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Illumina Continues to Build on Infinium Assay with New Sanger Agreement

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Illumina will take advantage of a new agreement with the Wellcome Trust Sanger Institute and the Wellcome Trust Case-Control Consortium to develop a new custom BeadChip that will become commercially available after the Sanger completes its studies using the chip next year, Illumina said last week.

The custom Sentrix BeadChip will analyze so-called non-synonymous SNPs that cause amino acid changes in proteins. The chip, to be called the cSNP-6 BeadChip, will allow researchers to study 15,000 SNPs on six samples simultaneously, using Illumina's Infinium assay.

The chip's content will be derived from the HapMap project, of which Illumina and the WTSI are participants. Researchers at the WTSI plan to use the chips to genotype more than 5,000 samples by the end of the year to study four common disease phenotypes.

Bill Craumer, head of corporate communications at Illumina, said that rather than continue to release new assays on its flagship BeadChip platform, the company decided to add to its existing arsenal of the Infinium assay, the Golden Gate assay, "which is more appropriate for smaller sets of makers," and the DASL assay" for profiling gene expression in degraded RNAs," which launched in January.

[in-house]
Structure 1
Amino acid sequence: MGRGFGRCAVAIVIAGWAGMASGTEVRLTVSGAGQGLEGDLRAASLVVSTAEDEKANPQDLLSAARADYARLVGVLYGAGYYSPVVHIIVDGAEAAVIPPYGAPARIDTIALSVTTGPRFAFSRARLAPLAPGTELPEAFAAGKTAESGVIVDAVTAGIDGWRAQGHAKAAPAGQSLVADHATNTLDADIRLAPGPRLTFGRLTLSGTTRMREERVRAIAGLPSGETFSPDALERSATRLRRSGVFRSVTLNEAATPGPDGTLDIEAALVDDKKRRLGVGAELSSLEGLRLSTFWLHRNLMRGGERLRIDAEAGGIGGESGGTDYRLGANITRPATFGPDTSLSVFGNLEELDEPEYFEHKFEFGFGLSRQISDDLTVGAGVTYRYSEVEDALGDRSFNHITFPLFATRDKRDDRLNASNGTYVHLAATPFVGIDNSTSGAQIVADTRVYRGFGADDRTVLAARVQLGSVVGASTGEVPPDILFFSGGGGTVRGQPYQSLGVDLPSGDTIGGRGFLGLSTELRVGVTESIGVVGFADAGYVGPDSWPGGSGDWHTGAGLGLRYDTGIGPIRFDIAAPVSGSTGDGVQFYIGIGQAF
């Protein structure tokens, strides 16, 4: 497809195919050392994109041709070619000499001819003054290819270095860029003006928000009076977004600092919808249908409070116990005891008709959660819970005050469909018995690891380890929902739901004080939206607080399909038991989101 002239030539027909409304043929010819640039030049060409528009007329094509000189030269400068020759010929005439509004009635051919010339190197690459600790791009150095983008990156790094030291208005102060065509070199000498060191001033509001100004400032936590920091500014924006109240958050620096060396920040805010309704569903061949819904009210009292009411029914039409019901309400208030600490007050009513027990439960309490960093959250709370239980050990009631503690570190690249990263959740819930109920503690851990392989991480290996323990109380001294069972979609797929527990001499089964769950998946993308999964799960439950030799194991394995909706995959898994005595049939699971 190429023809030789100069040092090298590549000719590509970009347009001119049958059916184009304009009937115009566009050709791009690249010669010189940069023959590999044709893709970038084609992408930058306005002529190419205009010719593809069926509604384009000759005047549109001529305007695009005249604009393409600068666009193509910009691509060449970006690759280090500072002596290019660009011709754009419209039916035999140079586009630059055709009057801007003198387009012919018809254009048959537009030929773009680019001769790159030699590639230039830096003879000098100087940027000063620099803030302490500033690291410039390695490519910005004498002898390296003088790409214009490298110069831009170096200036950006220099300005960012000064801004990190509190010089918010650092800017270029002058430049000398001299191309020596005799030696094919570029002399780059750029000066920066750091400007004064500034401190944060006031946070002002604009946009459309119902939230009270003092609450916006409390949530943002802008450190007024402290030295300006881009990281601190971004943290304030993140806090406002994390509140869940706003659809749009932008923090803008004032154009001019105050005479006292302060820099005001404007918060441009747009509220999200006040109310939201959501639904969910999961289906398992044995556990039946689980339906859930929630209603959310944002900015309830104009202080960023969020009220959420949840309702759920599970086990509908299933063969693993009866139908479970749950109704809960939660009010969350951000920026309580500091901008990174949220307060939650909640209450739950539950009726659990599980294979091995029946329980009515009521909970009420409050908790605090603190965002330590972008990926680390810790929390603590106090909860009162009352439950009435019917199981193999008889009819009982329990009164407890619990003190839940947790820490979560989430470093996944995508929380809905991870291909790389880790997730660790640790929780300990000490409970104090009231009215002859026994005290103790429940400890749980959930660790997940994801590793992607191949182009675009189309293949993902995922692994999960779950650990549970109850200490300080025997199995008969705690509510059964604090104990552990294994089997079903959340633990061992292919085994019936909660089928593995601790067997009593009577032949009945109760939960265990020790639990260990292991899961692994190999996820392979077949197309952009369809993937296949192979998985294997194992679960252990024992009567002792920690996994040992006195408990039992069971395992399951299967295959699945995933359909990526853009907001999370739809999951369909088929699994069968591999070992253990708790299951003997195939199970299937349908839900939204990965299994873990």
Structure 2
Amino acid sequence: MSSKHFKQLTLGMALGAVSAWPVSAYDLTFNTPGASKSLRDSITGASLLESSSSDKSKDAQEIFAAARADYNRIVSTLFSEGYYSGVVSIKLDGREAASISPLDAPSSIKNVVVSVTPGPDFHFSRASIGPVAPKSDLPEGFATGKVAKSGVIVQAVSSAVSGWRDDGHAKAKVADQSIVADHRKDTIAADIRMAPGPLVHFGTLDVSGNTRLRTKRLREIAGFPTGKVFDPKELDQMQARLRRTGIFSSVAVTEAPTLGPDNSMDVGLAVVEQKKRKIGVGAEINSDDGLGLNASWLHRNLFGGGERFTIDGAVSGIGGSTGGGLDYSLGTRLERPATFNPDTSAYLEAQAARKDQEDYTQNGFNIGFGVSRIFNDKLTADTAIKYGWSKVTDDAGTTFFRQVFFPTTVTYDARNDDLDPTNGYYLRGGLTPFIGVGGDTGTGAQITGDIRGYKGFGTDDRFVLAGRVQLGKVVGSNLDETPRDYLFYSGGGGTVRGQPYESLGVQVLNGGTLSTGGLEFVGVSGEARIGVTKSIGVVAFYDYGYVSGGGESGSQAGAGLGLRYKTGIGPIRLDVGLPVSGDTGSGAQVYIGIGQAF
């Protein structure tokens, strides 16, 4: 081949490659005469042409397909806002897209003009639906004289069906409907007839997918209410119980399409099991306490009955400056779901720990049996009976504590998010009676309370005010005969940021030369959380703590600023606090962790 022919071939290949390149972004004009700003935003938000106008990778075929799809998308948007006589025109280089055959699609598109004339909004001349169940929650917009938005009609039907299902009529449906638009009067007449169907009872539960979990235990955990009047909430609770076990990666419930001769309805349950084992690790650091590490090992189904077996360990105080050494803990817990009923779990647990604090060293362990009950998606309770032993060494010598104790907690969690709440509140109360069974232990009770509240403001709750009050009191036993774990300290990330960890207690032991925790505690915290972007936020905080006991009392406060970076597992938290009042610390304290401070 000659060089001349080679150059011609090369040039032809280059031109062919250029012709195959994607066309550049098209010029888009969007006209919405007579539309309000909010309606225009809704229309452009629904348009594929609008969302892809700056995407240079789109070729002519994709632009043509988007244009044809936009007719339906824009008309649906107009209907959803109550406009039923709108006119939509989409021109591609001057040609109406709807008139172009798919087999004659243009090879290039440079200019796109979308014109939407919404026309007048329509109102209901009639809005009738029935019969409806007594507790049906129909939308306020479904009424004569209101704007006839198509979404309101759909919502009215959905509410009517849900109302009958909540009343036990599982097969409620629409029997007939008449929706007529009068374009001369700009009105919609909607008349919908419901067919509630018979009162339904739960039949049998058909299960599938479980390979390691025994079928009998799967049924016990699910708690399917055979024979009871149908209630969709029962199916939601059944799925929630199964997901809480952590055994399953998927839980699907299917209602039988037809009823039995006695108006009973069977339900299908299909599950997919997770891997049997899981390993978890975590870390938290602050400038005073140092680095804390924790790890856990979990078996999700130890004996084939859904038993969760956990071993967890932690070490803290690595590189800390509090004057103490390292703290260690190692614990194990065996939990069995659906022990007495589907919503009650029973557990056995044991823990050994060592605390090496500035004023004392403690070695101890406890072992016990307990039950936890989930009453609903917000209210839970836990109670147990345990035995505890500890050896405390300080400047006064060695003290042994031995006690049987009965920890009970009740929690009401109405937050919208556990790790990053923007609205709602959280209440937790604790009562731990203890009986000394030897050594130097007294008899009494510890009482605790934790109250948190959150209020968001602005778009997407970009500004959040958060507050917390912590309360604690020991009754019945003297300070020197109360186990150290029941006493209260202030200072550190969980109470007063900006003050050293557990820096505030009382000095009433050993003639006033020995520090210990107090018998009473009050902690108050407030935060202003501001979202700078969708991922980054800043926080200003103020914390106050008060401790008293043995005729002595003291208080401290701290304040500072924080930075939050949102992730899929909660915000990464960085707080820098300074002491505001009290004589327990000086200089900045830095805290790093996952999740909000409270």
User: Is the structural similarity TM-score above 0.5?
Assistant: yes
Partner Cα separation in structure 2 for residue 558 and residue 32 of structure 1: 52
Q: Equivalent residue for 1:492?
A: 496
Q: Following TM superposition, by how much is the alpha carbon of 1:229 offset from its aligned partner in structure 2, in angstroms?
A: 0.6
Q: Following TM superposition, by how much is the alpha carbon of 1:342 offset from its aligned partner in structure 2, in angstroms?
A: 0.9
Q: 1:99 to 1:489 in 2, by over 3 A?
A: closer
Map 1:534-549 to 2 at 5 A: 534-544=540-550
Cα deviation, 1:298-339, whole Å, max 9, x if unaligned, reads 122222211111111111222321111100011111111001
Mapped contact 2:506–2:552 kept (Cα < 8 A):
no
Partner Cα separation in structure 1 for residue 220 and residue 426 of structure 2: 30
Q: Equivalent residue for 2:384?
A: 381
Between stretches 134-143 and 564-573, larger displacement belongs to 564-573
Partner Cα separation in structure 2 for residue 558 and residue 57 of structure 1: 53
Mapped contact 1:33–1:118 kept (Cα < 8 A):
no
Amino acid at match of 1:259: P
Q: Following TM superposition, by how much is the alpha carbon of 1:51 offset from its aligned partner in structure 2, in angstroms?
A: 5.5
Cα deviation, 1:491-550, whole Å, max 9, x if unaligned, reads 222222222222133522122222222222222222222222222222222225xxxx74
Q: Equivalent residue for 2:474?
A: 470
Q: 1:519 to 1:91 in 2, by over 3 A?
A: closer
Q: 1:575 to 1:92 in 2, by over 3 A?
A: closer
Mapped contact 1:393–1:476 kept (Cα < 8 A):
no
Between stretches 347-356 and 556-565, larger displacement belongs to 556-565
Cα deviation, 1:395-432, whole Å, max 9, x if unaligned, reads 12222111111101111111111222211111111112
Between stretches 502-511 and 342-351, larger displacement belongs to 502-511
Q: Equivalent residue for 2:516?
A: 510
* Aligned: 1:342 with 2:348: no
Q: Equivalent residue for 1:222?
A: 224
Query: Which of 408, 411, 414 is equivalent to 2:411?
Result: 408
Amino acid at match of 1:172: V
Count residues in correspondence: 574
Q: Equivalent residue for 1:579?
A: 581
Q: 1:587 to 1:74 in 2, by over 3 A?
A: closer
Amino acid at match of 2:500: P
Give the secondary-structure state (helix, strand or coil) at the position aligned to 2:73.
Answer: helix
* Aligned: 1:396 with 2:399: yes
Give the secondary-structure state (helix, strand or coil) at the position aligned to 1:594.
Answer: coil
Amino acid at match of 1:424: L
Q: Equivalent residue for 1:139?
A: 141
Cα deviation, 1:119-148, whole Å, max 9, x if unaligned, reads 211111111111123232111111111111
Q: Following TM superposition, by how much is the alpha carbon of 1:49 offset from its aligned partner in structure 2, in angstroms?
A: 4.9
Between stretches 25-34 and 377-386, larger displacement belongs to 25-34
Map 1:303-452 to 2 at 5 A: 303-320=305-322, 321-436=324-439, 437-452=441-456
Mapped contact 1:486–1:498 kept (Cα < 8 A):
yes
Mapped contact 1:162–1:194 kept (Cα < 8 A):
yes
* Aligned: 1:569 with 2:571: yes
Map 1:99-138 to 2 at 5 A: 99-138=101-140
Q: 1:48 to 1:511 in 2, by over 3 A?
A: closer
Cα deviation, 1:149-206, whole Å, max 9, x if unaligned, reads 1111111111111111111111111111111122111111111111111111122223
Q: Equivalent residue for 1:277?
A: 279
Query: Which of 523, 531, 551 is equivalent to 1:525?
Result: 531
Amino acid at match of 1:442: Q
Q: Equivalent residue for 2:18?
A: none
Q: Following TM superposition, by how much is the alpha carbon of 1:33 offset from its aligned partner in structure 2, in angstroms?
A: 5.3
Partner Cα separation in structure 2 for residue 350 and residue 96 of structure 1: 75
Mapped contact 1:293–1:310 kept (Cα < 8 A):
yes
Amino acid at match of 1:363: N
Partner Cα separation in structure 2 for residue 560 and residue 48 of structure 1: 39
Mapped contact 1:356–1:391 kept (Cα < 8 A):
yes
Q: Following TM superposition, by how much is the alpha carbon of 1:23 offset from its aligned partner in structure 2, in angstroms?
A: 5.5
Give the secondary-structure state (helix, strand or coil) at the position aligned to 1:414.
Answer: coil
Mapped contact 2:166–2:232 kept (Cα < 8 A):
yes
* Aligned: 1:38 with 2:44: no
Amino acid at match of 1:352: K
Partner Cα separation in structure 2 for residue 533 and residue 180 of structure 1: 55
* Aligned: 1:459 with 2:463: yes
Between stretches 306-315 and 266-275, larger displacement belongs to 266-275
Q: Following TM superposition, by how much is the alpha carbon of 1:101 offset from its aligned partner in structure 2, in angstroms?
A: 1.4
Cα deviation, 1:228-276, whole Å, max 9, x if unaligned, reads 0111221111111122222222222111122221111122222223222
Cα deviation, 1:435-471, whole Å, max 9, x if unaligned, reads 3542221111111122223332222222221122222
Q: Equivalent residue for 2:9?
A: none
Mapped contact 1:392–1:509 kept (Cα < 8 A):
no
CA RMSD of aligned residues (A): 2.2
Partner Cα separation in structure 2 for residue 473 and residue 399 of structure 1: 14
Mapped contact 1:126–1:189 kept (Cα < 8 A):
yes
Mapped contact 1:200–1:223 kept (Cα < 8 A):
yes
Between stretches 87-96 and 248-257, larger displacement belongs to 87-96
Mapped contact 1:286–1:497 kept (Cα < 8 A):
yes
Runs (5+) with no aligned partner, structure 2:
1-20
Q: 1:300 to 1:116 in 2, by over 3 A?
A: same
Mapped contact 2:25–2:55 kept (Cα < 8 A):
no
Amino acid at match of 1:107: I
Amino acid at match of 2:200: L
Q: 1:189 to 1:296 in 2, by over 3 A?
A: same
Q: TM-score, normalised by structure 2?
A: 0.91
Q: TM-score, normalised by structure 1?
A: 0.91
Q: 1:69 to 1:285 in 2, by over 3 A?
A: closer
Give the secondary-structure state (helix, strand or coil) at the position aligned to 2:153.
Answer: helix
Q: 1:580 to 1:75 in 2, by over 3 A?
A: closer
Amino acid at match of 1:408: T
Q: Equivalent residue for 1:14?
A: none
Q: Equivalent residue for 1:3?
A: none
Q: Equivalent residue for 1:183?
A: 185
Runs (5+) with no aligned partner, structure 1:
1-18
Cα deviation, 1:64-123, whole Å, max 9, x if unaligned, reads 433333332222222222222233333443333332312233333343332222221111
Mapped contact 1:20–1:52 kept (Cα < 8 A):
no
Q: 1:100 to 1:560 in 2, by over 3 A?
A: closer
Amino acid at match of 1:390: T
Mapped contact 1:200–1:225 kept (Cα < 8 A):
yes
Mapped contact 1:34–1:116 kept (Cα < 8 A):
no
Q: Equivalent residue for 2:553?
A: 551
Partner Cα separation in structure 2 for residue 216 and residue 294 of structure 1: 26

"We have no other breakthrough assays in the works, but rather powerful extensions of our existing assay technologies that leverage inherent specificity and reproducibility. Examples would include assays for methylation and allele-specific expression, among others," Craumer said.

In addition to the new custom BeadChip being developed for use with the Infinium assay, Illumina added its whole-genome genotyping application to the Infinium assay over the summer.

The WGG method, as described in the April edition of Nature Genetics, is an array-based method for SNP genotyping developed by a team led by Illumina's senior scientist Kevin Gunderson. BioArray News spoke with Gunderson about the paper and the method in April (see BAN 4/20/2005).

According to Craumer, the "the WGG method is based on our Infinium assay and will be used with a range of different BeadChips including whole-genome genotyping chips" like the company's Human-1 BeadChip "and multi-sample chips with more focused content" like those the firm has developed for the Sanger studies and will eventually commercialize.

"The same assay protocol is used for each; it's just applied differently," Craumer said.

— Justin Petrone ([email protected])

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